Captain Syl Apps sits with coach Hap Day (left) and manager Conn Smythe (right). (Photo by Bruce Bennett Studios/Getty Images)
As we make our way across the league counting down the top 10 players in each franchise’s history (we’ll get to all 30 as the season wears on) things land on the Maple Leafs.
We’ve done the Canucks and the Canadiens so far; Vancouver’s was dominated by players of a decidedly recent vintage, Montreal’s featured players spanning its 100-year history.
Leafs Nation hates to be reminded, but it’s been 43 years and counting since the Stanley Cup was last paraded down Yonge Street. And that means you won’t find many (or any) Buds from recent years below. Sorry, Mats. Sorry, even, Mr. Sittler. You guys just didn’t make the grade. Who did? Find out now. This is THN.com’s Top 10 Maple Leafs of all-time.
Salming was the NHL’s first European superstar, doing away with the moniker ‘Swedish Chickens’ that was regularly used to describe Scandinavian hockey players. The rugged defenseman played through injury and insult, recording team records in assists (620) and all-star teams (six). Salming played 16 seasons with the Leafs, he’s fourth all-time in points and third in games played.
Keon spent 15 seasons with the Leafs and was one of the best two-way players of his generation. Offensively the center produced 365 goals and 858 points in 1,062 games and was the team’s career leader in points for 26 years until passed by Mats Sundin in 2008. Keon was a stalwart on Leafs teams that won four Cups in the 1960s. He was the NHL’s rookie of the year in ’61, the Lady Byng winner in ’62 and ’63 and the post-season MVP in ’67, the last time Toronto won the Cup.
Cecil Henry Dye was a three-sport athlete during the early part of the 20th century. He played pro football with the Toronto Argonauts and was offered $25,000 by the legendary Connie Mack to join baseball’s Philadelphia Athletics in 1921, but he chose to focus on hockey. Dye, a right winger who played for the then Toronto St. Patricks, led the NHL in scoring three times between 1920 and ’25. He scored 176 goals in his first 170 games, not until Wayne Gretzky joined the league some 60 years later was that pace matched.
‘Teeder’ Kennedy is known as one of the best clutch players in Maple Leafs history. A tenacious checker and faceoff wizard, Kennedy helped Toronto to five Cups in the 1940s and ’50s. He was thrice named a second-team all-star and was generally considered to have hard luck in the awards department. But despite finishing 23 points behind the Art Ross winner, Kennedy won the Hart Trophy in 1955, after which he promptly retired.
Harvey Jackson was a star on Toronto’s famous ‘Kid Line’ during the 1930s. A pure sniper, he was first-team all-star at left wing four times in the ’30s and added a second-team nod as well. Jackson led the NHL in scoring in 1931-32 and won the Hart Trophy for his troubles. That season the Leafs also won their first Cup since changing their name from the St. Pats. Jackson routinely scored 20-plus goals a season during an era when not many did.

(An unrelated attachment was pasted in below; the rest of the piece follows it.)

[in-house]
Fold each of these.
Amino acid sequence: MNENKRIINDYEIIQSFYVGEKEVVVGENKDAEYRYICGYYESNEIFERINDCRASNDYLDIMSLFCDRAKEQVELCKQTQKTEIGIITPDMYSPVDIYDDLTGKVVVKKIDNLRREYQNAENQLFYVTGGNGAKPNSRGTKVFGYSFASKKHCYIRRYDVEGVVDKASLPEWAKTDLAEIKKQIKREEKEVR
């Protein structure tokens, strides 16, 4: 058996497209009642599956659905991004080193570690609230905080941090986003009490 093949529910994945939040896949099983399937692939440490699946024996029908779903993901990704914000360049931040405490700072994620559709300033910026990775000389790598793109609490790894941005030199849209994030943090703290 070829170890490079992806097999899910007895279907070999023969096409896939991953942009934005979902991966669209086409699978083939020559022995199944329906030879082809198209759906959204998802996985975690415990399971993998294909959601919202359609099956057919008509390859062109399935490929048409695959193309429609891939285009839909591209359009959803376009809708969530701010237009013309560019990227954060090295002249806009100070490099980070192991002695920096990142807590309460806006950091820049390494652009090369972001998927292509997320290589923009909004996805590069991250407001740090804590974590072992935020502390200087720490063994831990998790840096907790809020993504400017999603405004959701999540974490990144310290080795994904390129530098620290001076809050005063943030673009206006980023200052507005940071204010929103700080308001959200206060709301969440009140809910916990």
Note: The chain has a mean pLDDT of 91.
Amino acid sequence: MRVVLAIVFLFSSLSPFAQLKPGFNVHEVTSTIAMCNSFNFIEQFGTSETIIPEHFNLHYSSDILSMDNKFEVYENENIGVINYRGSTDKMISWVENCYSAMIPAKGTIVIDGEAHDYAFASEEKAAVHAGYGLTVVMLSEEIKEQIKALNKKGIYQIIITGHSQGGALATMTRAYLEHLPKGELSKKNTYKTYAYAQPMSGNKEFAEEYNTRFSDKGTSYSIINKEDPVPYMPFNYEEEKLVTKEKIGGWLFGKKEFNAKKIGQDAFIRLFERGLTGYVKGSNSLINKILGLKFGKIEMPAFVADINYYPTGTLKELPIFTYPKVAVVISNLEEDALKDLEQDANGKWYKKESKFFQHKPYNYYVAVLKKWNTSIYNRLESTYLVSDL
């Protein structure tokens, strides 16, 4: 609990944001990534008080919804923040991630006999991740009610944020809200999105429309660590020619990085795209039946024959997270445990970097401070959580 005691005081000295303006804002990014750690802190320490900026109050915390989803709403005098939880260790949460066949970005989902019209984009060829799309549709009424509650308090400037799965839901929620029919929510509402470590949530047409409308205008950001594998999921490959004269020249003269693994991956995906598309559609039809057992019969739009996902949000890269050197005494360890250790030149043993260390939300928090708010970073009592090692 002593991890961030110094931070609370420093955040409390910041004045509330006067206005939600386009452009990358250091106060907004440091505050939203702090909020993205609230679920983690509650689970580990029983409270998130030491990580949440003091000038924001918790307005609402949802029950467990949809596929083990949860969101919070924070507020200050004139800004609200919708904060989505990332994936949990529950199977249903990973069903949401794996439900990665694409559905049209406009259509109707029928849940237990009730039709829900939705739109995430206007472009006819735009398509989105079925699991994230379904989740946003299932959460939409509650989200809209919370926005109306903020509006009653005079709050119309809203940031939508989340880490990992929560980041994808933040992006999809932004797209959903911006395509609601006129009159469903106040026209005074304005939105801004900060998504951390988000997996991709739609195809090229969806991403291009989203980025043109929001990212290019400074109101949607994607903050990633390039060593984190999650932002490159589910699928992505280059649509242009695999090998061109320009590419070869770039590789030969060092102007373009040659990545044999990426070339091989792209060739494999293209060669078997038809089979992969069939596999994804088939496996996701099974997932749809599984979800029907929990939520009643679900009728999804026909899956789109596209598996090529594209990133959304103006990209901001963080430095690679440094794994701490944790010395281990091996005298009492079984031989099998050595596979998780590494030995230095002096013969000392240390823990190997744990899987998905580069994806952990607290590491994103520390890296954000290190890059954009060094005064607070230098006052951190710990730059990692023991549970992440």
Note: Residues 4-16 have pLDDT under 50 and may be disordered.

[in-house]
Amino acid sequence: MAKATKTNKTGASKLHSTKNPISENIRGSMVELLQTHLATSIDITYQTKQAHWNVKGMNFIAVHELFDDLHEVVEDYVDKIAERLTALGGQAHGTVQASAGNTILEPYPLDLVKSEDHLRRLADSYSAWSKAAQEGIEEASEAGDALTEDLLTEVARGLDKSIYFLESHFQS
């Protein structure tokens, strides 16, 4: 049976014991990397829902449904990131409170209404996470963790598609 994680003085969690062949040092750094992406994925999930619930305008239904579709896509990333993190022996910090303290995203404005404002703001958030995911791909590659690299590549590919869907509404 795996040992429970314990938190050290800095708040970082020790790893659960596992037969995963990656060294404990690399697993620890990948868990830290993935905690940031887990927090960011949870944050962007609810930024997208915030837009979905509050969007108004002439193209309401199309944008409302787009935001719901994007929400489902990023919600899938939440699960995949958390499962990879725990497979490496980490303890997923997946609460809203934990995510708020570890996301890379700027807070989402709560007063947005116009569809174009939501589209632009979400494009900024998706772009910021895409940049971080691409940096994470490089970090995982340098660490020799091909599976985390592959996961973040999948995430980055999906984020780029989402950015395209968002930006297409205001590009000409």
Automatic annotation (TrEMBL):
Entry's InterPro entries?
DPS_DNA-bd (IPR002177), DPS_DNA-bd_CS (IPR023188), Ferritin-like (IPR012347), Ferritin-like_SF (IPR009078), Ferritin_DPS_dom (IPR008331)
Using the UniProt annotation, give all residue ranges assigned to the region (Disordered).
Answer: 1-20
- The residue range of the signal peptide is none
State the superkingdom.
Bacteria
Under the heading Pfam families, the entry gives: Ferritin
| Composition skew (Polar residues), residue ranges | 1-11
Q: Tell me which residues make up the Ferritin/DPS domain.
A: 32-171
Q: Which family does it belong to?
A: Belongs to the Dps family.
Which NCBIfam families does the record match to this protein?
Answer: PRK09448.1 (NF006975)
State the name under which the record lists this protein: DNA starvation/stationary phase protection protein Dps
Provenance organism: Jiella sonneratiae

Francis Clancy was a pit bull of a defenseman; a smaller player, he’d take on all comers no matter their size and, win or not, would never back down. He was acquired by the Leafs in 1930 for two players and $35,000, a monstrous sum at the time. Clancy played an exciting brand of physical, offensive hockey with top-notch defensive play thrown in the mix. During his six full years with the Leafs he was an all-star four times and won a Cup.
As strong as they came in his day, defenseman Horton was as good defensively as any player in Leafs history and had some offensive chops, to boot. During his 18 seasons with Toronto he played 1,185 games - two fewer than all-time leader George Armstrong - and sits third in career scoring by a defenseman. He died tragically in a car accident in 1974 and is perhaps most famous now for his eponymous chain of coffee shops.
‘The Big Bomber’ Conacher played the right side on Toronto’s ‘Kid Line’ with Busher Jackson and Joe Primeau in the middle. Conacher was big for his day - 6-foot-1, 200 pounds - and used his size to bowl over anyone who got in his way. But he was skilled, too. He led the league in scoring twice in the ’30s and was a five-time all-star. Like Jackson, he was a goal-scorer; 200 of his 324 points in 326 games with the Leafs came on goals.
‘The Big M’ was billed as a prodigy coming out of junior with the St. Michael’s Majors and began his career on a high, winning the Calder Trophy in 1958. The left winger scored 296 goals and 597 points with the Leafs, good for seventh all-time in team scoring. Six times during his 11 seasons with Toronto he was named an all-star, but it was never enough for management or the fans. Despite four Cups and all the accolades, Mahovlich was traded to Detroit in 1968; he’d play seven more NHL seasons and in the 1972 Summit Series before moving to the World Hockey Association. He was appointed to the Canadian Senate in 1998.
Charles Joseph Sylvanus Apps was a great university football player and an Olympic pole-vaulter. He’s also known as the classiest guy to ever wear the Blue and White. He once offered to give back $1,000 of his $6,000 salary because he thought he was making too much and he enlisted in the army during World War II, costing him two years of NHL service. He was the league’s rookie of the year in 1937, was a five-time all-star and won the Lady Byng Trophy in 1942 after scoring 41 points in 38 games and not taking a single penalty. His son, Syl Apps Jr., played 11 NHL seasons; grandson Syl Apps III went to Princeton on a hockey scholarship and played minor pro; and, granddaughter Gillian Apps has won two Olympic gold medals in hockey with Canada and two golds and three silvers at the World Championship.
The THN.com Top 10 appears Wednesdays only on TheHockeyNews.com.
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